Bill C-576 (Historical)
An Act to amend the Criminal Code (personating peace officer)
This bill was last introduced in the 40th Parliament, 3rd Session, which ended in March 2011.
Earl Dreeshen Conservative
Introduced as a private member’s bill. (These don’t often become law.)
Committee Report Presented
(This bill did not become law.)
April 22nd, 2013 / 3:55 p.m.
Earl Dreeshen Red Deer, AB
Further to the comment on denouncing the crimes, I think that's up to all of us as parliamentarians. I think that is the work each and every one of us will be doing if this bill is supported and it goes to the next stage, and then we can convince the Senate to move it on. I think that's something all of us as parliamentarians have a responsibility to do.
The other aspect is that when I took a look at Bill C-36, and we talked about the elder abuse aspect of it, in the discussions we had on Bill C-576, people said to me that this was dealing with something where people are vulnerable. I believe there was support all throughout with that. This is simply another case of assessing vulnerability and moving our legislation so the courts can make those decisions and that determination.
I think it's important. Bill C-36 was a shining example of what we can do when we work together. When we saw this gap that I've described, based on the difference between perceived versus real as far as the authority of abuse of power is concerned, that was something I tried to address.
April 22nd, 2013 / 3:55 p.m.
Earl Dreeshen Red Deer, AB
I know that when we were discussing Bill C-576, this was something we talked about: how people can get a hold of this type of material. Setting up another series of rules and so on was certainly not something that I looked at, but it was something that people did discuss.
No doubt when the judges talk to people and take a look at how they managed to get hold of this equipment and go from there, that might be something later. But that certainly was not the intent of my bill. It was simply to give the tools to the courts to be able to deal with this.
April 22nd, 2013 / 3:45 p.m.
Robert Goguen Moncton—Riverview—Dieppe, NB
You spoke briefly about Bill C-576, which I guess died on the order paper in the previous Parliament. It had worked its way almost to adoption. I'm led to believe that the only difference between Bill C-576 and this bill is that this bill is more encompassing. It takes in as an aggravating factor the personation of a peace officer and a public officer.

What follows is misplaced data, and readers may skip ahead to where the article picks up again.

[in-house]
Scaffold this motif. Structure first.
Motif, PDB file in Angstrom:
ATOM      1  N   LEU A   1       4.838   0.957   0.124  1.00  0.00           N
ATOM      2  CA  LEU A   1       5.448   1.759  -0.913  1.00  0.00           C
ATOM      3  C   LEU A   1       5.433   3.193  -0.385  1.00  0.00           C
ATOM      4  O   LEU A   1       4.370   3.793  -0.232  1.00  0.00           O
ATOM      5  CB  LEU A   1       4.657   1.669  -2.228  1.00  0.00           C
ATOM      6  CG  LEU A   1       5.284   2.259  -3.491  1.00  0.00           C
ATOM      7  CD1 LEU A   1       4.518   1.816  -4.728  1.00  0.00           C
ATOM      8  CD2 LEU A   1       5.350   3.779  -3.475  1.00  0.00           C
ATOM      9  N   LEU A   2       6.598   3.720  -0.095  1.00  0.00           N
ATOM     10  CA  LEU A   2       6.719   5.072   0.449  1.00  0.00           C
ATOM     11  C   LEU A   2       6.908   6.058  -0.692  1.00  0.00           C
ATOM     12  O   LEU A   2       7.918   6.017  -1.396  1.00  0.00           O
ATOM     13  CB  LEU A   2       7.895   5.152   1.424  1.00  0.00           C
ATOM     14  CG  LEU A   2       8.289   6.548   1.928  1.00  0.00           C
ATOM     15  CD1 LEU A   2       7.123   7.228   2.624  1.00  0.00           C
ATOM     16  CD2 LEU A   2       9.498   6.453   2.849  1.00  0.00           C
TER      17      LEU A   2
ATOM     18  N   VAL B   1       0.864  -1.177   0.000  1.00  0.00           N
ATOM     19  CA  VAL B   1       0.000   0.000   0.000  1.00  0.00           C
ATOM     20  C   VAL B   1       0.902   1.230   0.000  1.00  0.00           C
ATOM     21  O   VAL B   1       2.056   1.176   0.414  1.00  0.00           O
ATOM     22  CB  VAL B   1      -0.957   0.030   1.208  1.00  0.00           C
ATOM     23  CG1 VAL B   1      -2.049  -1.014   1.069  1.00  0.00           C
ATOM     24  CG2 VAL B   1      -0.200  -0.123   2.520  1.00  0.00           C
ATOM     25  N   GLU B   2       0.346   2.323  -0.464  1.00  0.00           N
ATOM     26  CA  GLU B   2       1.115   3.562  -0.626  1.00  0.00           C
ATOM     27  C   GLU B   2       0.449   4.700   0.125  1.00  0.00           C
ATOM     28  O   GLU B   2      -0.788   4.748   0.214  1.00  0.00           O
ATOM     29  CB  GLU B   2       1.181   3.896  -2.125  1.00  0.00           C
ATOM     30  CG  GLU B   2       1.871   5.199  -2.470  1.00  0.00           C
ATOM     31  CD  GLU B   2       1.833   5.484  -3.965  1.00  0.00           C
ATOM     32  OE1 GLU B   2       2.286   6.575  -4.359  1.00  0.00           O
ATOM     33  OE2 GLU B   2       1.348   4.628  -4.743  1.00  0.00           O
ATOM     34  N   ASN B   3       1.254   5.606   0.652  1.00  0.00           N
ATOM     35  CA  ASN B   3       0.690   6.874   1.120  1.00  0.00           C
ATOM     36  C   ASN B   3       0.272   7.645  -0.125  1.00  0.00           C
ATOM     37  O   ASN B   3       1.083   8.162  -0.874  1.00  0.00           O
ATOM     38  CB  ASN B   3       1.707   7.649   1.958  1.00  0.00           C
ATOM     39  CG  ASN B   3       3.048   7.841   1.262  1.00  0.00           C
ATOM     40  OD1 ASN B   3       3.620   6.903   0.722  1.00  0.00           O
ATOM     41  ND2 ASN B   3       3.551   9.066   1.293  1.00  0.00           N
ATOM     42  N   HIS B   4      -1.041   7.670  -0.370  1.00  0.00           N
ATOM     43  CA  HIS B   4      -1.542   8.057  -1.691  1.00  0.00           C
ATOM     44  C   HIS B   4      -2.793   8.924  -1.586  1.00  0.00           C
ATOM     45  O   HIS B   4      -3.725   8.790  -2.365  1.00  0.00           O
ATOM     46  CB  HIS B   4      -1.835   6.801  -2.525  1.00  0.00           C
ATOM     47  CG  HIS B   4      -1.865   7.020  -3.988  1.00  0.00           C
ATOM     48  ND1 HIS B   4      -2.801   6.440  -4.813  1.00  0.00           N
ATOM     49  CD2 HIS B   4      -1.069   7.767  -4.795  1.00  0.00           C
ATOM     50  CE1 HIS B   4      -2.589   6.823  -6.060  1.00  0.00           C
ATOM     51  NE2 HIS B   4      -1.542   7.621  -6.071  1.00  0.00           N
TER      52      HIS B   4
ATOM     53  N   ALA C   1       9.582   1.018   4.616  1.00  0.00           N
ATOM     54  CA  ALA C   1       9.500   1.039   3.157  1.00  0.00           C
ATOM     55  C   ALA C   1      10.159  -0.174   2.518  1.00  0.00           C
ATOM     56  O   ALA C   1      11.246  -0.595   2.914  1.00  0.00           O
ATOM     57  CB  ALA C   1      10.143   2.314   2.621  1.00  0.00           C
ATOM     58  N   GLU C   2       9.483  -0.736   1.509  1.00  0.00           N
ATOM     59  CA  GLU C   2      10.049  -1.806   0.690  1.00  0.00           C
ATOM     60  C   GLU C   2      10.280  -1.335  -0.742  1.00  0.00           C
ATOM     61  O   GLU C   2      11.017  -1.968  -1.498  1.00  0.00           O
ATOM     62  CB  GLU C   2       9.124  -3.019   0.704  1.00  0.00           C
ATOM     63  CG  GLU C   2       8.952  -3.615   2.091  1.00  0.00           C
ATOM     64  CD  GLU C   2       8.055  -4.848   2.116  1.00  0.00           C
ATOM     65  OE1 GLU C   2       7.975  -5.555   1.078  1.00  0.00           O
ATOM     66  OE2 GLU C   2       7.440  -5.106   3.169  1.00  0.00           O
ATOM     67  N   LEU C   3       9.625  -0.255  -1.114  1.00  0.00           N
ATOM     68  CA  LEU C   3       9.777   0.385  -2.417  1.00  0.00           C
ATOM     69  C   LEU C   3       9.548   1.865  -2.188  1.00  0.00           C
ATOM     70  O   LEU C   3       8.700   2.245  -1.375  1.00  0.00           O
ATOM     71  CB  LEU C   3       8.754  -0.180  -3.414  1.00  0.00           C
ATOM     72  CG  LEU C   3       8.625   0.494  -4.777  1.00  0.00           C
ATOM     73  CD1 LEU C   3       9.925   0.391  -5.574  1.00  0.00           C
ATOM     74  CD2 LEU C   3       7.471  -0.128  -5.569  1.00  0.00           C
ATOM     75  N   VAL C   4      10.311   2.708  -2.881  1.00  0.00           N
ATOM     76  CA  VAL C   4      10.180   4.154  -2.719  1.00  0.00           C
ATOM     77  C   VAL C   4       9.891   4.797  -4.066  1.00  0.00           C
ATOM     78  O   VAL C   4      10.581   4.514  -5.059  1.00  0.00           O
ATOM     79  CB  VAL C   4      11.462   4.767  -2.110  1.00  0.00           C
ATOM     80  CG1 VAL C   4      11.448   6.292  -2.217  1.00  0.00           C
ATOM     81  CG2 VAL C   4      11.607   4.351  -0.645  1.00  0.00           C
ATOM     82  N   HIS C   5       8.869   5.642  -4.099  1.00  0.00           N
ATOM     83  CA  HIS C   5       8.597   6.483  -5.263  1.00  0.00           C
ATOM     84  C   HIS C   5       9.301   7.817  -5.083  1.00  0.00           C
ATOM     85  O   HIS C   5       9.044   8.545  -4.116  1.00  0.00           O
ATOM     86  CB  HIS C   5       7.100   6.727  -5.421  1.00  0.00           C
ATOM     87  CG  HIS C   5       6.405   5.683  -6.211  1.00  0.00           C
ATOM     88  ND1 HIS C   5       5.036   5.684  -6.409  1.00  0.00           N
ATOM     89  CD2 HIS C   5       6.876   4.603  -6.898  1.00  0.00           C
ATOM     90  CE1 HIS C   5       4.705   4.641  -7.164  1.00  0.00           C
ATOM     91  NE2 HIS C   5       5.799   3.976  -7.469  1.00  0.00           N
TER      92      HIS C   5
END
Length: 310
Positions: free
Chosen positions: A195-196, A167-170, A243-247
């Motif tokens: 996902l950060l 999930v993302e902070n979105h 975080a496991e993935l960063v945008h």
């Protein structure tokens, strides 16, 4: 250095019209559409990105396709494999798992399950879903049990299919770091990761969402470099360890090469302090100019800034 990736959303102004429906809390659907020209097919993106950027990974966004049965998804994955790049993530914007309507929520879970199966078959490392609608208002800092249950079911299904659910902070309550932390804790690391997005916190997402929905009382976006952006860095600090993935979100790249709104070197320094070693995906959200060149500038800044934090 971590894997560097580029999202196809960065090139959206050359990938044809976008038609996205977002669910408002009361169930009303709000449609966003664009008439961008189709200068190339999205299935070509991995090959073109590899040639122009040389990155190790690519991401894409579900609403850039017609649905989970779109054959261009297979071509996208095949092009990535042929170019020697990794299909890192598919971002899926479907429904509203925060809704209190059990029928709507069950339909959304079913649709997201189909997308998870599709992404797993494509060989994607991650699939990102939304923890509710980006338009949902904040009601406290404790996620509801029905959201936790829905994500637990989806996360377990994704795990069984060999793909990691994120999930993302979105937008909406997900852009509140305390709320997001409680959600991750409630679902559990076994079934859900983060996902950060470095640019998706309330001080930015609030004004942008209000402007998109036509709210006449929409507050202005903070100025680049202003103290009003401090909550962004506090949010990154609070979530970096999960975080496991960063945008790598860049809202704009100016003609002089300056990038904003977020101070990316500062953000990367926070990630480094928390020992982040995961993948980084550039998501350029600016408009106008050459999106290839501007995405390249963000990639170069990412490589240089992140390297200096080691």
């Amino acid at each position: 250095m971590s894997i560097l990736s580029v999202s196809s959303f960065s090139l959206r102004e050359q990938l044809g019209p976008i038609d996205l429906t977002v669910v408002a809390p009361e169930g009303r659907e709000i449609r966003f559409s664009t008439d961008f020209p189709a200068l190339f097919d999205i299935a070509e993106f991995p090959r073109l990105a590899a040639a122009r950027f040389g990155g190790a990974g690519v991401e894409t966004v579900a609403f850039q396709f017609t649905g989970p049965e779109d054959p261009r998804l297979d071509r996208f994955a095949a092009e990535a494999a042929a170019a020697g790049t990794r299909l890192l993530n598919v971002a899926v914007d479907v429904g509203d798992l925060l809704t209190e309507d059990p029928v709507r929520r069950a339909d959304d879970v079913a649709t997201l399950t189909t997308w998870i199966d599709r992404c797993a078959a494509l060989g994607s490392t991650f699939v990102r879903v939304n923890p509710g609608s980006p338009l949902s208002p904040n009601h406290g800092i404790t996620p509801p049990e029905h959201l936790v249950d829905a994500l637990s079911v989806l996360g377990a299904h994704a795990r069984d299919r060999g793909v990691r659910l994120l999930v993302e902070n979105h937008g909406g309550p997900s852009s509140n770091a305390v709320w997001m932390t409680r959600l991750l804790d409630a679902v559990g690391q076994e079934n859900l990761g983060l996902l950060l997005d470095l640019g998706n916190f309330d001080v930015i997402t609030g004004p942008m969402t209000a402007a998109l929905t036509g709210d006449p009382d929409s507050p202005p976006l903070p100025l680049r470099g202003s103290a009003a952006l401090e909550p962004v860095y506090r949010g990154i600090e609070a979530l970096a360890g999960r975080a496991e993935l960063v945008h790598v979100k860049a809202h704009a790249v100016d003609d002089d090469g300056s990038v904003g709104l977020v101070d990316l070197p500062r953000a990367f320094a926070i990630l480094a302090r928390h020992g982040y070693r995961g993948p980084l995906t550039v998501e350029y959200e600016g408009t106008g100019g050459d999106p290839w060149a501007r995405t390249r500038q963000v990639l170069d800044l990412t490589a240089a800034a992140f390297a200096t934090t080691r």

I know that Mr. Giguère asked you a question about this, but I sensed your answer was that the reason it covered both of these, both of which are defined under section 2 of the Criminal Code at great length, was to make it consistent with section 130, to which this is an appendage. Am I correct in saying that?
April 22nd, 2013 / 3:45 p.m.
Earl Dreeshen Red Deer, AB
I'll try to respond to that as quickly as I can in the time remaining.
When I first introduced this as Bill C-576, it was just there as “peace officer”, but because “public officer” specifically refers to Royal Canadian Mounted Police, we expanded it. We had discussions with the drafters when I was going back over this. They felt that was probably the best and most inclusive way. Just to remind you, there were many different entities involved, such as customs and excise, immigration, corrections, fisheries, and Canadian Forces pilots in command of aircraft. No doubt you've seen others: wardens, reeves, sheriffs, justices of the peace, and police officers. This was the rationale for putting the two of them together. This way police officers were in both sides of the definition as it was in section 130, but I do recognize what you're suggesting about other specific ones.
I still think that by stating what this is, the courts would also then look at this as something that is relevant if that was the rationale or the trigger that was used in order to commit another offence.
April 22nd, 2013 / 3:40 p.m.
Earl Dreeshen Red Deer, AB
Indeed the bill before us came about because of discussions I had with the victim in this particular instance.